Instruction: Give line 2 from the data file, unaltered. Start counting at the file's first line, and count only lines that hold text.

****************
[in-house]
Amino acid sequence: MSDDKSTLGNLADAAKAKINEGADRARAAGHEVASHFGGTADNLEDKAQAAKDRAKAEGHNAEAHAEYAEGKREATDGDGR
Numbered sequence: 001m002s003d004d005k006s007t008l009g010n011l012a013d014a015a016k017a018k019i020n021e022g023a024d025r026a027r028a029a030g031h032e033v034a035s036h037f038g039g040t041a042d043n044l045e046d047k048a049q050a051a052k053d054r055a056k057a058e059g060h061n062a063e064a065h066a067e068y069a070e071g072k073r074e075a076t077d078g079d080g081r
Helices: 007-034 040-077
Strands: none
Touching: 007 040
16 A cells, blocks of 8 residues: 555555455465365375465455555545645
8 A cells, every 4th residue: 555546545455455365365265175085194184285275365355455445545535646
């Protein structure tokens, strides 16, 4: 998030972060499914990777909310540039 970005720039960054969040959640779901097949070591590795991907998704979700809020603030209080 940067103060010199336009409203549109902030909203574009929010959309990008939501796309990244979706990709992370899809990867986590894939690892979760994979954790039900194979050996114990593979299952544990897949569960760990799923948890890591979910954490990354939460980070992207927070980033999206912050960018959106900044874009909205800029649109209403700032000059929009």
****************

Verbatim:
Amino acid sequence: MSDDKSTLGNLADAAKAKINEGADRARAAGHEVASHFGGTADNLEDKAQAAKDRAKAEGHNAEAHAEYAEGKREATDGDGR